5 Normally articles about pensions are, like the product, solid and struggle to generate enthusiasm. But this one, Six things every woman needs to know about the State pension, was widely read and comes in at number five for 2015. In it, Fiona Reddan told us that, alarmingly, when it comes to retirement women typically have 35 per cent less to live on than men.

Reddan outlined in six clear ways how women can avail of all the benefits due to them, the pitfalls they may not be aware of and whether maternity leave has an effect on entitlements. A comprehensive and concise look at an issue of which half the population needs to be aware.

6 Reddan also claims sixth place with her article Who owes more money - the Irish or the Greeks? In this salutary tale, she outlined that, despite all of Greece’s well-documented woes, Ireland was the second most indebted country in the world on a per capita basis – ie the amount of Government debt per person.

Japan has the dubious honour of topping the list using this metric, with Greece coming in at number 12.

We owe a whopping €53,863 per person, while Greeks owe €38,444 per head. Our nearest neighbours in the UK owe €38,938 per person.

7 Clocking in at number seven is a story by Ciara O’Brien on how Microsoft claimed it could tell your age from a photograph. All you have to do is take one, upload it to Microsoft’s old.net website and, hey presto, it tells you your sex and age.

The software behind this tool was born out of the company’s research into facial recognition technology.

O’Brien tried out a few tests in the office with results ranging “from the more flattering – roughly 10 years younger than the actual age – to downright insulting”.

Users also found that close-up photos yielded different results to photographs taken further away and that facial hair could throw out the result.

However, Microsoft did say that it was still a work in progress and each photo that was analysed came with the disclaimer that it was still improving the feature. Have fun! Can Microsoft’s How-old.net guess your age?

8 At number eight, Justin Comiskey brought us news which our taste buds may welcome but which our waistlines probably won’t. The Five Guysfranchise is coming to Ireland, courtesy of financier Dermot Desmond’s three sons, Brett, Ross and Derry.

Five Guys Burgers and Fries initially plans to open up to five restaurants in Dublin – two in the city centre and three more around the M50 belt – before expanding countrywide into Cork, Limerick and Galway.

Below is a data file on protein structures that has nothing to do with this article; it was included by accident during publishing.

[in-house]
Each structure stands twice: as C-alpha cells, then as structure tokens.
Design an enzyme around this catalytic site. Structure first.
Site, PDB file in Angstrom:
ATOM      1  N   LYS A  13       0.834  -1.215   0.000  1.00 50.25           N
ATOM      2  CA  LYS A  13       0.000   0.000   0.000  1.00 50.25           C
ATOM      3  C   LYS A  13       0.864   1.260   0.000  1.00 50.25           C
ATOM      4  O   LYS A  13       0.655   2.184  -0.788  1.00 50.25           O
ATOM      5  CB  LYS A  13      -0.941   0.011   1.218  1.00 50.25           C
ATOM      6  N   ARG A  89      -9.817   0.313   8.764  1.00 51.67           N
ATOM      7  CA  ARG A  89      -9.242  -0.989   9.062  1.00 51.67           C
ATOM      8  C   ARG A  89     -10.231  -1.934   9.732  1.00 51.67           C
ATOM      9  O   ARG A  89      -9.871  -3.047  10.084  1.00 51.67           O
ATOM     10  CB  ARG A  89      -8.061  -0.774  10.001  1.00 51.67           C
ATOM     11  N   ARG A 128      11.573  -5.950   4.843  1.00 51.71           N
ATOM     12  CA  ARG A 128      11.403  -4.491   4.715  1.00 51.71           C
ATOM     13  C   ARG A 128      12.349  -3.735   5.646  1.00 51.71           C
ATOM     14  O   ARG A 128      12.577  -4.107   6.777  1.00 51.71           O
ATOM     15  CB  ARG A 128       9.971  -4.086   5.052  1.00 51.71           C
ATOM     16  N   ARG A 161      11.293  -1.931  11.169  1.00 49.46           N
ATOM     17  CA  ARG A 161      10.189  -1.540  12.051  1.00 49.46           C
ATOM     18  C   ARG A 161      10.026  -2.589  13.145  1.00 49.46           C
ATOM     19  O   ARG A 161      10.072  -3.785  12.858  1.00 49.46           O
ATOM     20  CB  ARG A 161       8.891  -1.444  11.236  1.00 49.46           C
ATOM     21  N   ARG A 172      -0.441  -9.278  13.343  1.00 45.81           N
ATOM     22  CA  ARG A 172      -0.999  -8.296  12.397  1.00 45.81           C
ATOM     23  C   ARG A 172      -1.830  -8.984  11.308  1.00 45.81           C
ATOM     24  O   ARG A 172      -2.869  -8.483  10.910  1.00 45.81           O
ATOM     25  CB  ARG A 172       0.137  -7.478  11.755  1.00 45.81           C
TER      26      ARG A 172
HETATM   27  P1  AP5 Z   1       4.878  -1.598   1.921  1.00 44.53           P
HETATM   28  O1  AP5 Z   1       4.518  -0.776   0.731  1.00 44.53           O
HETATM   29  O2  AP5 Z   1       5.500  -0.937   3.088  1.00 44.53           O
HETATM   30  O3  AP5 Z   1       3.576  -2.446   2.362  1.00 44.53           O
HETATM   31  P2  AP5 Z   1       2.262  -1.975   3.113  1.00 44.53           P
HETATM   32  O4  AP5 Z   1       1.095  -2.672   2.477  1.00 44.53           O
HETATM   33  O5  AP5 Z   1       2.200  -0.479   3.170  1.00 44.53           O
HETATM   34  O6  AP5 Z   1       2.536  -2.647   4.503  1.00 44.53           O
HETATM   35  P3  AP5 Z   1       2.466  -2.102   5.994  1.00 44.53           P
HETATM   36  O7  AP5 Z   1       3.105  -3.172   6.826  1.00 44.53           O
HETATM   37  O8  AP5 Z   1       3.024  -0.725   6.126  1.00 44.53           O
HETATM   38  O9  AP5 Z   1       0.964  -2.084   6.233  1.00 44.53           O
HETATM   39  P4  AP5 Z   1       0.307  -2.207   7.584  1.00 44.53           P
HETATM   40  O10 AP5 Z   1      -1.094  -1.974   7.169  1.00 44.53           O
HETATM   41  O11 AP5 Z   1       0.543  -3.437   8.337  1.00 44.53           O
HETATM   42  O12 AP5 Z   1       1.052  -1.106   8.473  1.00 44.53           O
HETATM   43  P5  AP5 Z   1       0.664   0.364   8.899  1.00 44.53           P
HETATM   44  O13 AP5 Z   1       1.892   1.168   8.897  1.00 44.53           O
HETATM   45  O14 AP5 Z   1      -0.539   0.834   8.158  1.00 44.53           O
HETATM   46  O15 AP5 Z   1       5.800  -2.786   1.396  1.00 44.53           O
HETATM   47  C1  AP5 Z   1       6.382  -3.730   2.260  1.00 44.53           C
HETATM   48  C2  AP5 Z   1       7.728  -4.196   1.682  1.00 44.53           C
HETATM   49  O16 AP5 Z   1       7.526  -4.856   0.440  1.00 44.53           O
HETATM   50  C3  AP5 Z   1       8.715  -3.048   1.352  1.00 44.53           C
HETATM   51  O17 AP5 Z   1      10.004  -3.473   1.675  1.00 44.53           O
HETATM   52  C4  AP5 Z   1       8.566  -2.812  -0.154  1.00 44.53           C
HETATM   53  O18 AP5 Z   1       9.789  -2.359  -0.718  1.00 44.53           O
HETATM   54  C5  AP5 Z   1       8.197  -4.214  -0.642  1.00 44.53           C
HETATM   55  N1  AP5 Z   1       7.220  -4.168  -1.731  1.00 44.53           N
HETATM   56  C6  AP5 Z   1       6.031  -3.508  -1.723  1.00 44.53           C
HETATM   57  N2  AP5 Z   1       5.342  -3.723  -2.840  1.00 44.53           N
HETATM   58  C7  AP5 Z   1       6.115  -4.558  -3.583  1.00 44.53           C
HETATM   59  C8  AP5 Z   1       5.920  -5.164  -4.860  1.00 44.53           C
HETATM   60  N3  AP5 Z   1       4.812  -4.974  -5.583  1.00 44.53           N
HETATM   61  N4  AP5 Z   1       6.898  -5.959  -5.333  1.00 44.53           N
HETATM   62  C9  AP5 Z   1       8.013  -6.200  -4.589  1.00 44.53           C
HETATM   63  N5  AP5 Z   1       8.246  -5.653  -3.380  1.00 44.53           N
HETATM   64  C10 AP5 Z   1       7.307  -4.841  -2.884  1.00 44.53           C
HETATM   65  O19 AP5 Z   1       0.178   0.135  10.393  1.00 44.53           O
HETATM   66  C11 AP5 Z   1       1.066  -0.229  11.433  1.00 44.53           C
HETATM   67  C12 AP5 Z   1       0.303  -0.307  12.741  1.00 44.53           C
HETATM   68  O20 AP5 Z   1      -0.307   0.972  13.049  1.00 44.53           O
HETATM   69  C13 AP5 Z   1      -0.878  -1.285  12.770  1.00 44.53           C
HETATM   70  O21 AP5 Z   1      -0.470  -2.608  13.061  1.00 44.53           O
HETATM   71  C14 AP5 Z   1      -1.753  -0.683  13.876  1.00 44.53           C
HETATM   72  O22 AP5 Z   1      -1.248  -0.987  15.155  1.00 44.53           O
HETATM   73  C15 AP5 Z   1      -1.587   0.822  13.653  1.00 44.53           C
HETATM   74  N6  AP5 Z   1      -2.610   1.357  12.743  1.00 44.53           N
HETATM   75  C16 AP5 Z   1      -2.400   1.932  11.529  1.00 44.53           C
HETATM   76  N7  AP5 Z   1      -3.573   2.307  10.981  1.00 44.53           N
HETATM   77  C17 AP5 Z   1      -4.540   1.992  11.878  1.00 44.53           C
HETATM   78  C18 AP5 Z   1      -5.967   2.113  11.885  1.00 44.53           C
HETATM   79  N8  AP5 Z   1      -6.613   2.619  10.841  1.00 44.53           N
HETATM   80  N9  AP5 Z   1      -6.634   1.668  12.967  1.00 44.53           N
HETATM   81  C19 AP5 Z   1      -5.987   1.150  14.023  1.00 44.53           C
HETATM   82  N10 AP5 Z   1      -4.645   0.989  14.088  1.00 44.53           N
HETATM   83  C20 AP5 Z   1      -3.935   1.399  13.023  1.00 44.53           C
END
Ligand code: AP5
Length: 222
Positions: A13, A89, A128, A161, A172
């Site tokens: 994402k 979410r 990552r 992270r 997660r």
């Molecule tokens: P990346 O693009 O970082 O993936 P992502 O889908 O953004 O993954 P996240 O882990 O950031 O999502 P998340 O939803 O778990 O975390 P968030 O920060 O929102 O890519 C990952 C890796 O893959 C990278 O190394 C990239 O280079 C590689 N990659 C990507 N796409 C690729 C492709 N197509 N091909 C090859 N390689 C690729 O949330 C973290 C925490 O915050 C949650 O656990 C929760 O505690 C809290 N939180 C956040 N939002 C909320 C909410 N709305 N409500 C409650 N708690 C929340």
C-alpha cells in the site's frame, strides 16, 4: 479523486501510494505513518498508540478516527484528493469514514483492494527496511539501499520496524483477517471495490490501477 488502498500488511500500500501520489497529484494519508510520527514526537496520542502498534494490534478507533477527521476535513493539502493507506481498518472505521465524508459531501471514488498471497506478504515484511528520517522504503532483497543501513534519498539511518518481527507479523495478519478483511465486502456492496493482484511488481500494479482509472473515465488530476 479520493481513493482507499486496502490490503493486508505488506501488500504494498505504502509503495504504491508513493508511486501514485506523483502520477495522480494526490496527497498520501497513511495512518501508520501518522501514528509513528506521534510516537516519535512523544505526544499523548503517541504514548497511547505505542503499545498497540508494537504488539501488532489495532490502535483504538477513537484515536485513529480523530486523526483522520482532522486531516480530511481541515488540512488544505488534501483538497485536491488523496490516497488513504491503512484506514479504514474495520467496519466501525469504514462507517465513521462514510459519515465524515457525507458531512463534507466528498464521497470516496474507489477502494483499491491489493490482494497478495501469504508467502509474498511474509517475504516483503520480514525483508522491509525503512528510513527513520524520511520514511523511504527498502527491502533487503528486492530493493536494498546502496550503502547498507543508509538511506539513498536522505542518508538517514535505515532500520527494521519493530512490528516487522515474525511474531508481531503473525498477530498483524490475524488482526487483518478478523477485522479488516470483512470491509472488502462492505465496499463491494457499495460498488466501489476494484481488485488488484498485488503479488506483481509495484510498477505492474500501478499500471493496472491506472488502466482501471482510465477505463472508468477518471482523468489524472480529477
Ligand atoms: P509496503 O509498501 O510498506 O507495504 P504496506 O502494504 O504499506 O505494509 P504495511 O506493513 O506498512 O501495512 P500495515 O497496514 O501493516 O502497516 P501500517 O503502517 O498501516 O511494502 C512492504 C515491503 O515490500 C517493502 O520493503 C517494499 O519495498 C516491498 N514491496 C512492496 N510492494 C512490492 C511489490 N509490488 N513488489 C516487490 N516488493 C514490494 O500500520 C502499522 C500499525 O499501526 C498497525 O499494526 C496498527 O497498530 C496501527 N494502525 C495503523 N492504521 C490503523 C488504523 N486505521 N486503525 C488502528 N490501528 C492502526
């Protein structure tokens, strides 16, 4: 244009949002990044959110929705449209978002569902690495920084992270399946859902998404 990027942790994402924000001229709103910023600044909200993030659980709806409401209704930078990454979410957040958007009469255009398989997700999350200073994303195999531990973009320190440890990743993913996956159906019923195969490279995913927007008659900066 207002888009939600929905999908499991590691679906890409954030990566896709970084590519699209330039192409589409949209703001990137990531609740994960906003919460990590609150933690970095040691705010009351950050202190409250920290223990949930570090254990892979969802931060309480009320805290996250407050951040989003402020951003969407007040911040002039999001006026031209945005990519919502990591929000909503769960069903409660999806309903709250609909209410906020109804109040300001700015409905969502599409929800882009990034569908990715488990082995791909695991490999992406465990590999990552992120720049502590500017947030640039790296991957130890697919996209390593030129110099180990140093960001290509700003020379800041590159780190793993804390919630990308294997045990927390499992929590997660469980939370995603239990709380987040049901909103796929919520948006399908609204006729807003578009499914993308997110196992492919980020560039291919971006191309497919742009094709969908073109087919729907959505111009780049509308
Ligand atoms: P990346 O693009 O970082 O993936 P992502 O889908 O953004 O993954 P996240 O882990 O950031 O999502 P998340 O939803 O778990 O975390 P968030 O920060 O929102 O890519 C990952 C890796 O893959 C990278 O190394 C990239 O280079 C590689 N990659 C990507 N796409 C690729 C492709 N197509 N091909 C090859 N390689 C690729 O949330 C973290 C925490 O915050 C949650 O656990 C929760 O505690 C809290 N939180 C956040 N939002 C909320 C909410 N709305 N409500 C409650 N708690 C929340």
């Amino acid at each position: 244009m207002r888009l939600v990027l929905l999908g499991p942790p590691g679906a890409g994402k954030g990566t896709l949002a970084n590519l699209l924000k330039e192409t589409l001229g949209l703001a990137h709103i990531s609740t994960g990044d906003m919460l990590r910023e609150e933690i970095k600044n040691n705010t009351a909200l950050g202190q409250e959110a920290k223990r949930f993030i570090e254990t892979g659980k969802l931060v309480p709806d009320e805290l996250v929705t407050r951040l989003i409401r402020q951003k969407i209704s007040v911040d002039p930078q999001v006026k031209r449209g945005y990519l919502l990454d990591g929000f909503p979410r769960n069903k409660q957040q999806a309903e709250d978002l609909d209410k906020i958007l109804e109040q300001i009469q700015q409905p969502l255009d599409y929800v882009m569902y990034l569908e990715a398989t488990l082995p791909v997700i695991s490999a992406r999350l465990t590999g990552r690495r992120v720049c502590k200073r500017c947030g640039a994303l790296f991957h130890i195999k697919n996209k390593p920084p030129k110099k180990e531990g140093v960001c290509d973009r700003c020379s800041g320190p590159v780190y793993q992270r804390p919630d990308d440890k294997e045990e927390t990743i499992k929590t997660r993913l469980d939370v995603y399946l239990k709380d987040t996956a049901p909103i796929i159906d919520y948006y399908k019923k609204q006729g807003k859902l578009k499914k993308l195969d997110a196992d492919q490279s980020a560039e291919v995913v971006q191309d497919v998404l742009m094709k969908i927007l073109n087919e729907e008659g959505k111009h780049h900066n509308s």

The menu at Five Guys, Comiskey told us, was centred on hamburgers offered with American cheese or bacon, kosher-style hot dogs, grilled cheese and vegetable sandwiches.

9 At number nine is World’s largest aircraft lands at Shannon Airport This really was a case of a picture telling a story better than a thousand words.

The Antonov 225, which was built to carry a Soviet Union space shuttle between launch and landing sites, landed for a transit stop at Shannon en route from Bangor International Airport in the US. The plane has a wingpsan wider than the Croke Park pitch.

10 And finally, the story at number 10 was a hardy annual: the richest people in Ireland list. The wealthiest 250 people are worth a combined total of €75.03 billion, according to the report.

At the top of the Irish list are Hilary and Alannah Weston, the Dublin-born mother and daughter from the family which controls Brown Thomas and Penneys in Ireland, and Selfridges and Primark in the UK, as well as a huge Canadian operation. The family is valued at some €15 billion.

At number two in the list is Denis O’Brien who has significant interests in the communications sector through his Digicel business, with an estimated fortune of €5.34 billion. He is also the largest shareholder in Independent News & Media.

New entrants to the Irish section of the list include Sir Daniel and Lady Day-Lewis (€62 million), who have a home in Co Wicklow, and international rugby referee Simon McDowell (€73 million) whose fortune relates to a Co Antrim mineral-processing firm linked to his family.